Many first-time buyers are starting to feel like they just can’t catch a break. The continued limited inventories of homes for sale in the entry-level market and a number of other factors are pressing harder on first-timers who are trying to break in to home ownership.
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“Constrained inventory in many areas and climbing rents, home prices, and mortgage rates means it’s not getting any easier to be a first-time buyer,” says Lawrence Yun, the chief economist for the National Association of REALTORS®. “It will take more entry-level supply, continued job gains, and even stronger wage growth for first-timers to make up a greater share of the market.”
First-time buyers represented 32 percent of nationwide sales in all of 2016, NAR reported Tuesday.
The biggest problem facing first-time buyers is the low inventory of homes for sale in the entry-level price range, says Nela Richardson, chief economist for Redfin.
“That’s a real problem,” Richardson says. “Just because you got financing doesn’t mean you get a home. It’s a hard market. … We haven't seen an increase in the starter-level inventory since 2009. That's been the biggest problem in the housing market recently."
Inventory woes are stemming from fewer single-family homes being built by builders, people staying in their homes longer, and investors holding onto starter homes they purchased during the housing crisis for a longer time to profit off of what they turned into a rental.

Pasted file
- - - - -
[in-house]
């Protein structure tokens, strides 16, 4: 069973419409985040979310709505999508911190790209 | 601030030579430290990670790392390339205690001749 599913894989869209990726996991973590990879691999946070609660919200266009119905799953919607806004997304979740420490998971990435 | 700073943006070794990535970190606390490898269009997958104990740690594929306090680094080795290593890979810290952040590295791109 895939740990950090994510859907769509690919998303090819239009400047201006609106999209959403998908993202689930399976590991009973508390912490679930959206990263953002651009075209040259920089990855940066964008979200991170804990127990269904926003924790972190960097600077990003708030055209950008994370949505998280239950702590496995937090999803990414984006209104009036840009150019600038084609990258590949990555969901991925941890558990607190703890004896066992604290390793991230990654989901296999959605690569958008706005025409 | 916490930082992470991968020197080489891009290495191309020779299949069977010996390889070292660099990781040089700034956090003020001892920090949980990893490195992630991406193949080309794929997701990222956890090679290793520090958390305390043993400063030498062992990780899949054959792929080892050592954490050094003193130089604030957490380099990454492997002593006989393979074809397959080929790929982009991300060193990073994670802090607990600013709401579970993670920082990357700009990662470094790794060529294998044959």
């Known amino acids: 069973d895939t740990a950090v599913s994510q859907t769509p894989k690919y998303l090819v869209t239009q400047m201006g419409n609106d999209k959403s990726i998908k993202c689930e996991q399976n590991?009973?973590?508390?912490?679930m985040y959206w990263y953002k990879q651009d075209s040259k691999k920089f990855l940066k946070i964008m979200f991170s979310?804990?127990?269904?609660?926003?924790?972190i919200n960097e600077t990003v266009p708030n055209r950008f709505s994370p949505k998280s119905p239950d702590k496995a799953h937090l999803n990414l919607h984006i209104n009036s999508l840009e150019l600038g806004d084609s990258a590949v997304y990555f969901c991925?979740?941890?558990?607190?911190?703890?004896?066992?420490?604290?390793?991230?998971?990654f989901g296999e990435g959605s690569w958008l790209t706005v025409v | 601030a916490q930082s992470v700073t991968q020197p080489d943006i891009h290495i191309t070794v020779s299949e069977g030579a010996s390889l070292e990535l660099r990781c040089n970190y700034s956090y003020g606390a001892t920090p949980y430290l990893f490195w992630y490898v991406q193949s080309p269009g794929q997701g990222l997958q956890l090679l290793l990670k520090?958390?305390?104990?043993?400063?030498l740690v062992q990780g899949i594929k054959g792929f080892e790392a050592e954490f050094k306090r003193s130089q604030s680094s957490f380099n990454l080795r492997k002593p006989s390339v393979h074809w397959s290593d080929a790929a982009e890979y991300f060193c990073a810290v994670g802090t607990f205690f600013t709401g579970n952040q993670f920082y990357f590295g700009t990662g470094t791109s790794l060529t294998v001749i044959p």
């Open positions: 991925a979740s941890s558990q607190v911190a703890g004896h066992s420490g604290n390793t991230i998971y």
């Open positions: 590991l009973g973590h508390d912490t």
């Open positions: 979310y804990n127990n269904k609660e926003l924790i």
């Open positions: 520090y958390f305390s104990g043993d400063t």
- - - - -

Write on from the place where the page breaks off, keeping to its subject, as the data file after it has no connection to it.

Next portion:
As such, the message for first-time buyers is: "You're going to lose out on a few homes," says Ray Rodriguez, regional mortgage sales manager at TD Bank in New York. "You might have to temper your wants. ... I think you just have to be more patient and know that it could be a frustrating process."
Nearly a quarter of homes for sale at the end of 2016 were in the starter price range, which is defined as the lower third of all home values per market, according to an analysis by Trulia. That is 12 percent lower than it was at the end of 2015.
NAR officials say the Federal Housing Administration’s mortgage insurance premium cut would have helped. NAR is pushing for its reinstatement. A 0.85 percent to 0.60 percent annual cut in premiums was announced by the outgoing Obama administration on Jan. 9 and was set to take effect Jan. 27. However, one of President Trump’s first acts after being sworn in as president was to halt the reductions “indefinitely.”
“Without the premium reduction, we estimate that roughly 750,000 to 850,000 home buyers will face higher costs and between 30,000 and 40,000 would-be buyers will be prevented from entering the market,” says William E. Brown, NAR’s president.